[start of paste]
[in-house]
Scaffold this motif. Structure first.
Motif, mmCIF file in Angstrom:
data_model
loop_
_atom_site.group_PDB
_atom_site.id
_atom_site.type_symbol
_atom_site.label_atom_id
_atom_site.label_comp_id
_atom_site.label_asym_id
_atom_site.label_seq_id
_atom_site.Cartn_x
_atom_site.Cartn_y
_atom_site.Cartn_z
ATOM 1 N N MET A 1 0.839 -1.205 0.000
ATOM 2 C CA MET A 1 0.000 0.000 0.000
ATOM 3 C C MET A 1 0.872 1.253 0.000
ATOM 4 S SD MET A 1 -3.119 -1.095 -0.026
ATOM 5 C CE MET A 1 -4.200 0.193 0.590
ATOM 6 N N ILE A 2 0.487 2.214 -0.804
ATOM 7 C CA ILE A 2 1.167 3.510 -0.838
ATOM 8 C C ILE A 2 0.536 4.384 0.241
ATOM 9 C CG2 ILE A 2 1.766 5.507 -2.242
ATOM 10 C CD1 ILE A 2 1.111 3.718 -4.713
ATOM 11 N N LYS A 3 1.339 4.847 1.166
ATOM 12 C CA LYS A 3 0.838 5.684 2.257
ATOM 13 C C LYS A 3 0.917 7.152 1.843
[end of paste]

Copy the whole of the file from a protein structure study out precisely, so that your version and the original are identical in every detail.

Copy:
[in-house]
Scaffold this motif. Structure first.
Motif, mmCIF file in Angstrom:
data_model
loop_
_atom_site.group_PDB
_atom_site.id
_atom_site.type_symbol
_atom_site.label_atom_id
_atom_site.label_comp_id
_atom_site.label_asym_id
_atom_site.label_seq_id
_atom_site.Cartn_x
_atom_site.Cartn_y
_atom_site.Cartn_z
ATOM 1 N N MET A 1 0.839 -1.205 0.000
ATOM 2 C CA MET A 1 0.000 0.000 0.000
ATOM 3 C C MET A 1 0.872 1.253 0.000
ATOM 4 S SD MET A 1 -3.119 -1.095 -0.026
ATOM 5 C CE MET A 1 -4.200 0.193 0.590
ATOM 6 N N ILE A 2 0.487 2.214 -0.804
ATOM 7 C CA ILE A 2 1.167 3.510 -0.838
ATOM 8 C C ILE A 2 0.536 4.384 0.241
ATOM 9 C CG2 ILE A 2 1.766 5.507 -2.242
ATOM 10 C CD1 ILE A 2 1.111 3.718 -4.713
ATOM 11 N N LYS A 3 1.339 4.847 1.166
ATOM 12 C CA LYS A 3 0.838 5.684 2.257
ATOM 13 C C LYS A 3 0.917 7.152 1.843